The first, and most important, sacrifice may be the most difficult. Automobiles do not run on anti-war bumper stickers, regardless of how many are plastered on our cars and trucks. A true protest of the war in Iraq, one that would cripple the voracious greed of the oil tycoons who run the Bush administration, would be for the peace-loving, anti-war citizens of America to impose their own sanctions upon the oil industry. You read this correctly: to stop the bloodshed overseas, to stop pollution, and, hell, perhaps even to stop terrorism, we must boycott gasoline, which accounts for nearly two-thirds of oil consumption in America. If Rosa Parks and the poor, oppressed black citizens of Montgomery, Alabama could walk to work everyday during the 1955 Bus Boycott, then so can we. For, if we allow this downward spiral into ruin to continue, then there may be no America for our children to inherit, and there will be no one to blame but ourselves.
 

Sooperjesus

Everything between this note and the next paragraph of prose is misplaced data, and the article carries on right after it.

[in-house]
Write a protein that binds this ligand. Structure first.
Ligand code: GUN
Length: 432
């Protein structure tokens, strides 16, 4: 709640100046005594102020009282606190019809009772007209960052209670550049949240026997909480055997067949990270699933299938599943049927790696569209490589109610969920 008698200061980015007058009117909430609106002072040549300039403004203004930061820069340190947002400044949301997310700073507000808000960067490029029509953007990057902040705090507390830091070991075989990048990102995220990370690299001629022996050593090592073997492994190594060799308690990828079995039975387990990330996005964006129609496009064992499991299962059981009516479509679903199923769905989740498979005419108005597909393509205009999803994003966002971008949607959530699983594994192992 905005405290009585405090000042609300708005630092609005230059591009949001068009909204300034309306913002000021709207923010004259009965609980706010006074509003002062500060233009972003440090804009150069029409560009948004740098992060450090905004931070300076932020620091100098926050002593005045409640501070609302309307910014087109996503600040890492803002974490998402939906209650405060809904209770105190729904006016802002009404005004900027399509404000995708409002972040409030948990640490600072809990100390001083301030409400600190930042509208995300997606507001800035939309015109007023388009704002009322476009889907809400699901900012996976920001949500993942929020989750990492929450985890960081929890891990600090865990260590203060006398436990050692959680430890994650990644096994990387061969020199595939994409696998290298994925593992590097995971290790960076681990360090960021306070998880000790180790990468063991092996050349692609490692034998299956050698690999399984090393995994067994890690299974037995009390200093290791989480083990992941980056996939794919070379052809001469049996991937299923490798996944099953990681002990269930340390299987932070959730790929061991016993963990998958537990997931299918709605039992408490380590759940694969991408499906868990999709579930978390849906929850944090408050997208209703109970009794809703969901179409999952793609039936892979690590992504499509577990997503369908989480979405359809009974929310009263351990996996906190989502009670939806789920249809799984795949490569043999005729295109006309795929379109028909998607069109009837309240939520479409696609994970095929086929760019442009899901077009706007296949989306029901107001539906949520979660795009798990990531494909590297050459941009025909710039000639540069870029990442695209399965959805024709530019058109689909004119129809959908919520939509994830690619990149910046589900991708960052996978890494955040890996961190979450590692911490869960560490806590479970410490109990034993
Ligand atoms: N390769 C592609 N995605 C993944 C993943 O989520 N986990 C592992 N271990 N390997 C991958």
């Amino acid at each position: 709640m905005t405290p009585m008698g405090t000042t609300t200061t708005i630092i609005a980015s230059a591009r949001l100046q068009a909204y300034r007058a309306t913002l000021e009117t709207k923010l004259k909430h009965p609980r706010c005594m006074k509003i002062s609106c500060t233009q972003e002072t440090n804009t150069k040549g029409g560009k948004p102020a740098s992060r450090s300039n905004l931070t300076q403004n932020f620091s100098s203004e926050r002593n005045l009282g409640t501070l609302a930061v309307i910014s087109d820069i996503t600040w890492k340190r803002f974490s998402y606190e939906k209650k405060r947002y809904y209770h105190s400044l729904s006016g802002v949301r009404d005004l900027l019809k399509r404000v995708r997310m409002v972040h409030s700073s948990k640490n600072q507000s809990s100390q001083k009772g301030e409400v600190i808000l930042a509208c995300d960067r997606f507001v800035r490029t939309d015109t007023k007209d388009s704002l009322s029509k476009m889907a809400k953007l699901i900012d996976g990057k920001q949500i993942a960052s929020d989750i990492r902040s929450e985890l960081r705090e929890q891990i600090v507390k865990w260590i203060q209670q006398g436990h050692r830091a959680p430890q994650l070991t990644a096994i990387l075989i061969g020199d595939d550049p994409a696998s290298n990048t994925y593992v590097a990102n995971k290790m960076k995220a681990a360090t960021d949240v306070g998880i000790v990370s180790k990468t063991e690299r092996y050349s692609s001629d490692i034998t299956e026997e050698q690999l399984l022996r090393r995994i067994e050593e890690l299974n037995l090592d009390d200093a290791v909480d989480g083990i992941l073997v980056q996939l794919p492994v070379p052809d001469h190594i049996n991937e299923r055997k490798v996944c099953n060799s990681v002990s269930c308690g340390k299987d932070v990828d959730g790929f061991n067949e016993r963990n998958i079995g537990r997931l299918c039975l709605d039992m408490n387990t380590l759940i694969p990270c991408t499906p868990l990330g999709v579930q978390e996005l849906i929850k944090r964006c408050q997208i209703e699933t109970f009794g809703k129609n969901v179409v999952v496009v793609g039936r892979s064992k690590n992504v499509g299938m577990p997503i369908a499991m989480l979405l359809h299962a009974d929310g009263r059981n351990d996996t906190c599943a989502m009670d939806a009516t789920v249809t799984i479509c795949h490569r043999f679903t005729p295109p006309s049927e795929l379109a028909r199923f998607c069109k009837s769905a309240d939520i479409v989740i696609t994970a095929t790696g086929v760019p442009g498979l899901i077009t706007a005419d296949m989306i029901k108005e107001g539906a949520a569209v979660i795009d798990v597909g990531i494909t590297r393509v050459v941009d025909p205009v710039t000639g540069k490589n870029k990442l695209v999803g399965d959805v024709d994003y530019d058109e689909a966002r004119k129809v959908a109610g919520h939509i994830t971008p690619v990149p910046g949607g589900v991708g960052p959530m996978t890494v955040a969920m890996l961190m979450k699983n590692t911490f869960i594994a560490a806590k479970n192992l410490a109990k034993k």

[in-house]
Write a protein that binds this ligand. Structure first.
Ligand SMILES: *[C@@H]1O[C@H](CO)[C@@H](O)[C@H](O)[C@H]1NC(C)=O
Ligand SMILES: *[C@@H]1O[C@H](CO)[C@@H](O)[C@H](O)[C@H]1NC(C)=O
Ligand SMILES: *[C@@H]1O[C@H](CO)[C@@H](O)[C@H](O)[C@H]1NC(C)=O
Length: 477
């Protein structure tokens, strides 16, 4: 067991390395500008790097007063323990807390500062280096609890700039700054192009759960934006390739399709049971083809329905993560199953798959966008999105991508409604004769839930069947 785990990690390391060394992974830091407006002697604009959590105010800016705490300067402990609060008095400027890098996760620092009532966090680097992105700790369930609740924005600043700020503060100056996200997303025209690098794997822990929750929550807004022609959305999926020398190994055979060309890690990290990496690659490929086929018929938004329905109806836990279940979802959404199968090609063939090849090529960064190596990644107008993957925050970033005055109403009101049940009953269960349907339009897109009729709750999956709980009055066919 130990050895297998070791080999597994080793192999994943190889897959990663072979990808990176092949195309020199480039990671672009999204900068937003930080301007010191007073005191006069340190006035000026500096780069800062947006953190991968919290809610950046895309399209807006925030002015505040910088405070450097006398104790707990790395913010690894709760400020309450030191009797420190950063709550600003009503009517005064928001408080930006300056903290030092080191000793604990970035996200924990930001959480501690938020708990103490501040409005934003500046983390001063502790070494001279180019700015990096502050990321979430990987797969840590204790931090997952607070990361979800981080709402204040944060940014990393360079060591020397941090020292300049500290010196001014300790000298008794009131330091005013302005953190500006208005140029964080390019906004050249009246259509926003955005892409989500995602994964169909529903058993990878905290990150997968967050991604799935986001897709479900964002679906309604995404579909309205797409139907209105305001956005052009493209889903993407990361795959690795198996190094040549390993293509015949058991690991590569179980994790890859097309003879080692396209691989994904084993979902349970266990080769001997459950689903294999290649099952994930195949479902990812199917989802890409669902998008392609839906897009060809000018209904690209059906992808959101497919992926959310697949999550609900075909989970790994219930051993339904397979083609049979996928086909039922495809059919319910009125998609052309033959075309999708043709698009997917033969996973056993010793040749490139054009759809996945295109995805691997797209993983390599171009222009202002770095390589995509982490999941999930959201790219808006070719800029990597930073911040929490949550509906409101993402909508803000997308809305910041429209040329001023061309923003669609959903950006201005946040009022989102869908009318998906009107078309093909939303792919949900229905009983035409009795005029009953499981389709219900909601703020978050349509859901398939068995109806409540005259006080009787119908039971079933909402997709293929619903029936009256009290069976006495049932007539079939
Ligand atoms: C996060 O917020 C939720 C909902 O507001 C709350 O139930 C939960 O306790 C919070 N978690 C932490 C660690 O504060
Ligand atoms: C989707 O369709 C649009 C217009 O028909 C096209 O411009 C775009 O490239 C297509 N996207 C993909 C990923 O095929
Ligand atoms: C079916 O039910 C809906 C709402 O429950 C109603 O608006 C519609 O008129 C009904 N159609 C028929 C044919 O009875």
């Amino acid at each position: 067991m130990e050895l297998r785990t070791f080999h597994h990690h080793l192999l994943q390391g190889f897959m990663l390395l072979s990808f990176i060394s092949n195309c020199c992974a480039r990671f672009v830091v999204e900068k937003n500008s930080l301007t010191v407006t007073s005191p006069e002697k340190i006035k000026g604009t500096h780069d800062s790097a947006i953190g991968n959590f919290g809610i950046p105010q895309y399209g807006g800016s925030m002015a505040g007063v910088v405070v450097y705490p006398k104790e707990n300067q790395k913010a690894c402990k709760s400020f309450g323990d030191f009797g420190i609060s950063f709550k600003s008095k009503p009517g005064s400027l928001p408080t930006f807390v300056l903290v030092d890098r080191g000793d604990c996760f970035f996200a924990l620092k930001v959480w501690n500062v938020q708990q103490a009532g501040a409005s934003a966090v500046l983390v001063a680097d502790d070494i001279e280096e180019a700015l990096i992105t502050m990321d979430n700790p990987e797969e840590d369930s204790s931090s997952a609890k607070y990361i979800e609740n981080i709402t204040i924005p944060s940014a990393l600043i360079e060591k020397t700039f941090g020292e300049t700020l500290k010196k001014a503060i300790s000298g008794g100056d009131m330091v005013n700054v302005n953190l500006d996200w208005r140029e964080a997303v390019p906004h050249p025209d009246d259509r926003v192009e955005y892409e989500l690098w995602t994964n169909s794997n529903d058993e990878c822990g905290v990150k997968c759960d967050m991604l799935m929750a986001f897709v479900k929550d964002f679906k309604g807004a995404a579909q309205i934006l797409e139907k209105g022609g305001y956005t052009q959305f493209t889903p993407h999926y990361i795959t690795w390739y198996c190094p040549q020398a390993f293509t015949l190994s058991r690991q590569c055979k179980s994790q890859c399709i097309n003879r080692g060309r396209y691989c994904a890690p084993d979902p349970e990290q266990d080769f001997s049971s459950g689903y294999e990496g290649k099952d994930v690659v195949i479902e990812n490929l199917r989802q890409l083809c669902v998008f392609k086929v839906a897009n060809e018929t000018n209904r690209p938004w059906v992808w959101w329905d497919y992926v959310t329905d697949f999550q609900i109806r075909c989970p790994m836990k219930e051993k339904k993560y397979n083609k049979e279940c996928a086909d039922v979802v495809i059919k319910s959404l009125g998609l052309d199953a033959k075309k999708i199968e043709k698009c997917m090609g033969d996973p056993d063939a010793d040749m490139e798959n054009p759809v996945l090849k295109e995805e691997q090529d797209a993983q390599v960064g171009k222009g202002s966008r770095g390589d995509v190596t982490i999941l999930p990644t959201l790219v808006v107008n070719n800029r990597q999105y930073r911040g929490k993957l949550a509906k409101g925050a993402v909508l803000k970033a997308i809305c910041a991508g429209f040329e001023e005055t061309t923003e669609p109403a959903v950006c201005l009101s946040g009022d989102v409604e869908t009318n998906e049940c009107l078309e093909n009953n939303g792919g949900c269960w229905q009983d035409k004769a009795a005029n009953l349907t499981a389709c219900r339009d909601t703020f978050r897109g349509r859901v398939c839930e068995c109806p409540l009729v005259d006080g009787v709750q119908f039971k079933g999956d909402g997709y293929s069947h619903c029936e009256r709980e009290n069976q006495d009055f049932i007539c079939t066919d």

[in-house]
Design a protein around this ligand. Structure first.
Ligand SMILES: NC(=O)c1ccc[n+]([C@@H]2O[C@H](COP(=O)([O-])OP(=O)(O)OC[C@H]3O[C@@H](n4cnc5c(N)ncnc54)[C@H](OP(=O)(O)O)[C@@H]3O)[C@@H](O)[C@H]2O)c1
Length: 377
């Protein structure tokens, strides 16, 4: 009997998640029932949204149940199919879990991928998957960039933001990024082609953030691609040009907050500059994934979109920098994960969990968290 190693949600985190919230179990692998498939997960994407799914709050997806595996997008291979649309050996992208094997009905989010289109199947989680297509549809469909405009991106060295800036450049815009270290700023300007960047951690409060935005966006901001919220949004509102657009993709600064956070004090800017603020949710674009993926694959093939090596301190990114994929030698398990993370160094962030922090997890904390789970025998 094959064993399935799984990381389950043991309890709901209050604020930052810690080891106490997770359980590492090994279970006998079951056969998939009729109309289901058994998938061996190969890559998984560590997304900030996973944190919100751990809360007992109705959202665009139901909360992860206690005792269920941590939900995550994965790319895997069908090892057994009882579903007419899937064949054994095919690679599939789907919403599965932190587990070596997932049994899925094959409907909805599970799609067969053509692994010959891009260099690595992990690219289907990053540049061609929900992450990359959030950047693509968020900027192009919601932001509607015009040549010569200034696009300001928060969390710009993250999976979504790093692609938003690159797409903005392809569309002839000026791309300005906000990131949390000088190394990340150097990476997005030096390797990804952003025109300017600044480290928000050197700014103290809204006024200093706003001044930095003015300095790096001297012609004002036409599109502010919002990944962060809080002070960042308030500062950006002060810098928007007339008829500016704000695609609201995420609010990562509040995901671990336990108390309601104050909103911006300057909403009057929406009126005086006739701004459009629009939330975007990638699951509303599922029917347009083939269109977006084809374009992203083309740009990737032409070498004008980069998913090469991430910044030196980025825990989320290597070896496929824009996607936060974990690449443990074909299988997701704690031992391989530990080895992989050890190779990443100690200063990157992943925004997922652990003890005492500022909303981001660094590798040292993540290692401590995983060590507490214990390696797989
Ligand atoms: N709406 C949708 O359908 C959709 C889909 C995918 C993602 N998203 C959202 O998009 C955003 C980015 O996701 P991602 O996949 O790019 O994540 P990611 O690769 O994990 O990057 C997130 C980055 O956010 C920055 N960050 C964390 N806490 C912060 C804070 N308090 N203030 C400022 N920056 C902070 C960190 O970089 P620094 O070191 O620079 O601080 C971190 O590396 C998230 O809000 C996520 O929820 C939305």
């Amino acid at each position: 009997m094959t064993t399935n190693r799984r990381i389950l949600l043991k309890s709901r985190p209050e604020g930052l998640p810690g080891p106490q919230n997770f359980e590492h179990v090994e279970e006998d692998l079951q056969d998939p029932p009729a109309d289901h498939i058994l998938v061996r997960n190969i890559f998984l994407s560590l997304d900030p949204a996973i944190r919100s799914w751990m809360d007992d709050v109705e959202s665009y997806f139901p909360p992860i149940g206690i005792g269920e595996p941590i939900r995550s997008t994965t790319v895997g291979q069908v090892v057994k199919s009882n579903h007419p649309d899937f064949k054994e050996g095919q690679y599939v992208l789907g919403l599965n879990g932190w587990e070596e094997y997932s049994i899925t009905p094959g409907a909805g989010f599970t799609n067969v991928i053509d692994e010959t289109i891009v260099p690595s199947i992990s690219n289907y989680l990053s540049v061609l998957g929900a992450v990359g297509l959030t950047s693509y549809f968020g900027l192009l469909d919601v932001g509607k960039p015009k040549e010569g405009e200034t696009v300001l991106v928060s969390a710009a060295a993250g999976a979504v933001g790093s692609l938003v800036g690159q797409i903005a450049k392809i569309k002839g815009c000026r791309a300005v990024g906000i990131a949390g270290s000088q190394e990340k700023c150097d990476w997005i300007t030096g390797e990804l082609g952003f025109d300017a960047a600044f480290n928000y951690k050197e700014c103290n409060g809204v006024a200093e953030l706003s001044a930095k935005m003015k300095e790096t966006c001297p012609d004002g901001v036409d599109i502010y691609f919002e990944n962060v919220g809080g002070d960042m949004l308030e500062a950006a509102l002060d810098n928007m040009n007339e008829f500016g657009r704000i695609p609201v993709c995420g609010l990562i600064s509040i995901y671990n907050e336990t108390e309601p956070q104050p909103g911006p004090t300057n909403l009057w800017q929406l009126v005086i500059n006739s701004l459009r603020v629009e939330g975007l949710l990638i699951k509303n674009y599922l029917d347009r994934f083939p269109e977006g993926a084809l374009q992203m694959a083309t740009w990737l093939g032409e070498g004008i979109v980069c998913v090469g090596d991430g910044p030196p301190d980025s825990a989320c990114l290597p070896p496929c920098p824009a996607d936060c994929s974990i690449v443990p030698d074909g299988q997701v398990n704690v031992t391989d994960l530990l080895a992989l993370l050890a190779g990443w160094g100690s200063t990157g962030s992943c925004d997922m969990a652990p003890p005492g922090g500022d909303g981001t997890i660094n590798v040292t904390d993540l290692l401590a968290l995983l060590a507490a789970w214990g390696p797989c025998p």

Senior Member
Ok, this is what I'm saying: There is something seriously wrong with our country and with the way it conducts business with the rest of the world. Drastic action would be needed to fix this problem, but who is willing to take the first step towards change? Yeah, Americans PROTEST the war, but they do little in the way of actually attempting to fix the underlying problems that caused us to become entwined with the Middle East in the first place.
The last paragraph is an attempt at subtle sarcasm, but perhaps I failed. I know that the majority of Americans who protest the war would not, in fact, change their lifestyles or inconvenience themselves in any way to stop our government's resource grabbing. So, in a sense, most of the anti-war folk are hypocrytes.
Perhaps that message wasn't clear enough?
 

mammamaia

Senior Member
the part that wasn't clear was what you are doing yourself, besides telling everyone else what they need to do... not that you have to do anything, but when one calls for action, it's to be expected that he/she is doing all that's being urged upon others, right?